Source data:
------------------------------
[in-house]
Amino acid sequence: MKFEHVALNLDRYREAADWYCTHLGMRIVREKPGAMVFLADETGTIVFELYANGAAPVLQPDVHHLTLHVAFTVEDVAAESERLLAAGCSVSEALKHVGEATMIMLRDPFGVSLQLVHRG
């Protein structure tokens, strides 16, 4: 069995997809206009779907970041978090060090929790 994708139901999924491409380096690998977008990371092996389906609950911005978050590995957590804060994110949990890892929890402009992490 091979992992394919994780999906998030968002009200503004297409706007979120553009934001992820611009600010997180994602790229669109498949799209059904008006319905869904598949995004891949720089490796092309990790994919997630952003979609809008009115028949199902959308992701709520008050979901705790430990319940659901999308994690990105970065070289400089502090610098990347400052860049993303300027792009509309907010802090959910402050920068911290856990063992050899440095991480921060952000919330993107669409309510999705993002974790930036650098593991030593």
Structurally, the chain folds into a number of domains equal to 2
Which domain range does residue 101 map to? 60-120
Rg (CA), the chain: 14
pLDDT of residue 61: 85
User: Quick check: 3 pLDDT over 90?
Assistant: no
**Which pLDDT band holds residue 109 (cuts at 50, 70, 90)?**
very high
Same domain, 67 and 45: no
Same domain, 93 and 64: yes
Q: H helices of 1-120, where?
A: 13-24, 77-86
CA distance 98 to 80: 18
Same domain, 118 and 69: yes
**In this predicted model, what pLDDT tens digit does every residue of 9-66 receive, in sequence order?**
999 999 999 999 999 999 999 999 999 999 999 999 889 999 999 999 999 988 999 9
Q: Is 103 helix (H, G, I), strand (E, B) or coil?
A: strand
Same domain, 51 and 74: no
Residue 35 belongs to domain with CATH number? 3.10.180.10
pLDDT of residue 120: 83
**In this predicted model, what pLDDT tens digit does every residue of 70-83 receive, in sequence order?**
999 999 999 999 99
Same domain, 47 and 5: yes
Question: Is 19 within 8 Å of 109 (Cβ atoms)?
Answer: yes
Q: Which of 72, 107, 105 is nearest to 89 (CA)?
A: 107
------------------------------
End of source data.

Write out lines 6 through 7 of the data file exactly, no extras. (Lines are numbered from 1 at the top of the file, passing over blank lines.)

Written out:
Rg (CA), the chain: 14
pLDDT of residue 61: 85